At first the book seems a bit scattered with multiple people moving along several different timelines. However, once you get an idea about where the story is going, Christopher McDougall's book is a very well written and engaging story. He presents a great deal of the science behind running and his incredible enthusiasm for it.
I loved this book.
Well written and read by one of Harvard's most engaging professors, this book is a great introduction to ethical ideas and their application to everyday questions. Sandel is well known for his Harvard lecture series 'Justice' which is freely available on the web. He has a knack for using examples, both common and obscure, to illustrate ethical principles and decision-making processes that help learners better understand how ethical decisions can be reached.
I thoroughly enjoyed the book and it made me stop and think about ideas that had never occured to me in relation to commercialism, insurance, advertising and inequality.
This was my first exposure to Hitchens' writing and I was blown away. I have never come across another author whose skill with the English language left me shaking my head in wonder. His knowledge of literature is astounding and the ability to pull apart books and essays in reviews and then combine the contents with information from various sources and his personal experience is breathtaking.
Some of the content is heavy, reviewing authors from the 1920s and 30s while other essays focus on contemporary issues. You will likely need ready access to a dictionary and wikipedia to thoroughly understand some of the topics but several essays inspired me to go back and pick up some of the classic books of literature.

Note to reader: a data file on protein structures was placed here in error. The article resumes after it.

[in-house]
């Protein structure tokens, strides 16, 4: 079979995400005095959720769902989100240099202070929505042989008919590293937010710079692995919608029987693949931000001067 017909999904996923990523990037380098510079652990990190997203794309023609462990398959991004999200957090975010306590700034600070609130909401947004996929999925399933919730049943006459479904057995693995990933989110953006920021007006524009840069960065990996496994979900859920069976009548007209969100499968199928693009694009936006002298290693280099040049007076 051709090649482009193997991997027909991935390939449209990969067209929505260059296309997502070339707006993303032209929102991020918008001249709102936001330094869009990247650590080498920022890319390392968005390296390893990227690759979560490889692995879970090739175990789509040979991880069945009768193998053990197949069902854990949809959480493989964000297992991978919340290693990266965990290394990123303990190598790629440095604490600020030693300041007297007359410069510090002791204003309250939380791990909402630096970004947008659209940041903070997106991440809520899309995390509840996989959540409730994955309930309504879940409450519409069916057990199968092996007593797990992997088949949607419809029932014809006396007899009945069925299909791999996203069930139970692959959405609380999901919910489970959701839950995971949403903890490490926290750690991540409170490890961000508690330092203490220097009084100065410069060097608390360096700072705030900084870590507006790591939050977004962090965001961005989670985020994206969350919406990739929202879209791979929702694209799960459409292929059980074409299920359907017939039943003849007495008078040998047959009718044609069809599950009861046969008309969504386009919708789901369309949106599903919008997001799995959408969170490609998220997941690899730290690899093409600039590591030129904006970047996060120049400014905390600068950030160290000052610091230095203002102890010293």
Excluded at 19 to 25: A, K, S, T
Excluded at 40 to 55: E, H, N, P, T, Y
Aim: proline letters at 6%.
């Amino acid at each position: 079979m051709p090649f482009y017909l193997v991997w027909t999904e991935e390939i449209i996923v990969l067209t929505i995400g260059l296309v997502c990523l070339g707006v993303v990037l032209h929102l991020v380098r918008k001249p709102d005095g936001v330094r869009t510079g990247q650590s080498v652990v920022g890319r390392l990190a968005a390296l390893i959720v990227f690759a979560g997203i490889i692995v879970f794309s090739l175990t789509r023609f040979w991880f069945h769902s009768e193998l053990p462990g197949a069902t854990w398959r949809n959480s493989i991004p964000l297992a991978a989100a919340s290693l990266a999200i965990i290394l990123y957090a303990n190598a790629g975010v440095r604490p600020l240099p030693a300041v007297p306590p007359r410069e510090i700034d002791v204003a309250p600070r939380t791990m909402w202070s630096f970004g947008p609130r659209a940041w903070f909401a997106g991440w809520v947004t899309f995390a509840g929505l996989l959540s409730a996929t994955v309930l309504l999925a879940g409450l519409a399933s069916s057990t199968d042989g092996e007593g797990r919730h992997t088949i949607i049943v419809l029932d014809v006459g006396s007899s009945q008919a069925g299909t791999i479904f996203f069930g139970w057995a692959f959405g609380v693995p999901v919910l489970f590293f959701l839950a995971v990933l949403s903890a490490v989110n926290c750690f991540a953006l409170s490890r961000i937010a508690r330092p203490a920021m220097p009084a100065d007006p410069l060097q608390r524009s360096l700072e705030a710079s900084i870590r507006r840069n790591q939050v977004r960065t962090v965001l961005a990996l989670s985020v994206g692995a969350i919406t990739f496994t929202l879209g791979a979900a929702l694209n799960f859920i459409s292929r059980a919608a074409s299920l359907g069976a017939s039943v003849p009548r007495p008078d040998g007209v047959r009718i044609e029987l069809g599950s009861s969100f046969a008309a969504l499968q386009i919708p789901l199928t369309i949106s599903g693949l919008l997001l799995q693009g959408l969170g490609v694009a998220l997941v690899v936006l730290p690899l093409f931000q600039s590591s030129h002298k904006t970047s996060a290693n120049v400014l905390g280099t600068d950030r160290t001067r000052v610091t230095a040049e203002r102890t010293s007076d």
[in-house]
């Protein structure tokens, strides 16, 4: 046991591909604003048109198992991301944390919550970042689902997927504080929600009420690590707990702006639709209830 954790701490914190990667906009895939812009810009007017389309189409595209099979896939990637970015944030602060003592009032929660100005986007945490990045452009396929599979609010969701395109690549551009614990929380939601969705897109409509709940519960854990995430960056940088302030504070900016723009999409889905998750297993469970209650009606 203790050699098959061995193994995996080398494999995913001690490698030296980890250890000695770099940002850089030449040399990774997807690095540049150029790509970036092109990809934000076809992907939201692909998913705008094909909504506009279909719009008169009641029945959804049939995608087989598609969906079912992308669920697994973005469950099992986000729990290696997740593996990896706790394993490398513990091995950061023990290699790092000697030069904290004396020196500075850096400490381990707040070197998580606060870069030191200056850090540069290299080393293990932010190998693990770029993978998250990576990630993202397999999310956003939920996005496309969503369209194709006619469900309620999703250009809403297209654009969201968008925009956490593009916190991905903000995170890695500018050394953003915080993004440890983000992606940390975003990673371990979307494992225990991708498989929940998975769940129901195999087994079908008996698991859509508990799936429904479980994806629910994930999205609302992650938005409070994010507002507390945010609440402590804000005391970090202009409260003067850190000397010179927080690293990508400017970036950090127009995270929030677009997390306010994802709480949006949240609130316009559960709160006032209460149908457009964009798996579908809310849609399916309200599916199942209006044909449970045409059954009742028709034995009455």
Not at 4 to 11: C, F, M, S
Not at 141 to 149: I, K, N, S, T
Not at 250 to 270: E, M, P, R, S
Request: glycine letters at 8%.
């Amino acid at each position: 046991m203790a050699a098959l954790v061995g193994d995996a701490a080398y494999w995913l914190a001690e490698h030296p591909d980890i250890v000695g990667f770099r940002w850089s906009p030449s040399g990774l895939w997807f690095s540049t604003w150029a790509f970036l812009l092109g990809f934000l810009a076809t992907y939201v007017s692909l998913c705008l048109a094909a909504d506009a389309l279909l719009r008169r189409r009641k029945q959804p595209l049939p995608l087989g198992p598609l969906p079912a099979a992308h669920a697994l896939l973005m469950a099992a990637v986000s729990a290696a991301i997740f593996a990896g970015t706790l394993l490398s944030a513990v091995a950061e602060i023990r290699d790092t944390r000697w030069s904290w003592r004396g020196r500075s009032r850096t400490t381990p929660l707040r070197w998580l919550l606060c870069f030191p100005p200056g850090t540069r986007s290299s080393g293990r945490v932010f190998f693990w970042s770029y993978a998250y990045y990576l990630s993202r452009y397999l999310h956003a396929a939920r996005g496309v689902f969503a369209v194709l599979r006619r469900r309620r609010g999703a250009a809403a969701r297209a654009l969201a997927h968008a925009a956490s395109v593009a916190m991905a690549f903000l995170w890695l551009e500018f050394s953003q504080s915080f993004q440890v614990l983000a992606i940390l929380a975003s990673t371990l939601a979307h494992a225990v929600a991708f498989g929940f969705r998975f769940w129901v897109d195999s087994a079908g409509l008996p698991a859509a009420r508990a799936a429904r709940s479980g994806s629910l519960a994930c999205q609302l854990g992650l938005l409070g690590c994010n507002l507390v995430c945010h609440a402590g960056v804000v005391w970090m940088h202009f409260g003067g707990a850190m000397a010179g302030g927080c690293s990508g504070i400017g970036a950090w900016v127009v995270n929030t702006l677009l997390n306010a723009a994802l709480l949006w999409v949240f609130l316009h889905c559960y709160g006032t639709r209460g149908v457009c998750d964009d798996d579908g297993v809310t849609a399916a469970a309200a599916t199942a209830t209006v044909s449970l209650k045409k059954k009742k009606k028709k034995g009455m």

Some people may argue with his conclusions or disagree with his political views but I don't think anyone could argue with the incredible wordsmith power.
Simon Prebble, the narrator deserved extra credit as well. Phenomenal job. You'd think it was Hitchens reading his own book. Prebble delivers the difficult text with emotion and confidence - a pleasure to listen to.
It was definetly worth the credit and I've already picked up another Hitchens' tilte on Audible.
I've been a member of Audible for several years, listening to a small library of books and this is one of the best by far. An inspiring and mesmerizing true story, the author recounts his time as a humanitarian volunteer in many of the worst spots on earth and his eight years with the US Navy SEALS. Greitens makes his philosophy of humanitarian compasion, backed up with force to ensure protection of those who need it, clear and relevant.
This book is a great example of what America could be if it didn't spend so much time wrapped up in partisan infighting.
The author has done a wonderful job of outlining the development and evolution of corporate strategy firms and how they influenced the businesses they worked with. The book is engaging and very well written, moving quickly through 50 years of history.
In addition, Robertson Dean does a wonderful job of narrating the book.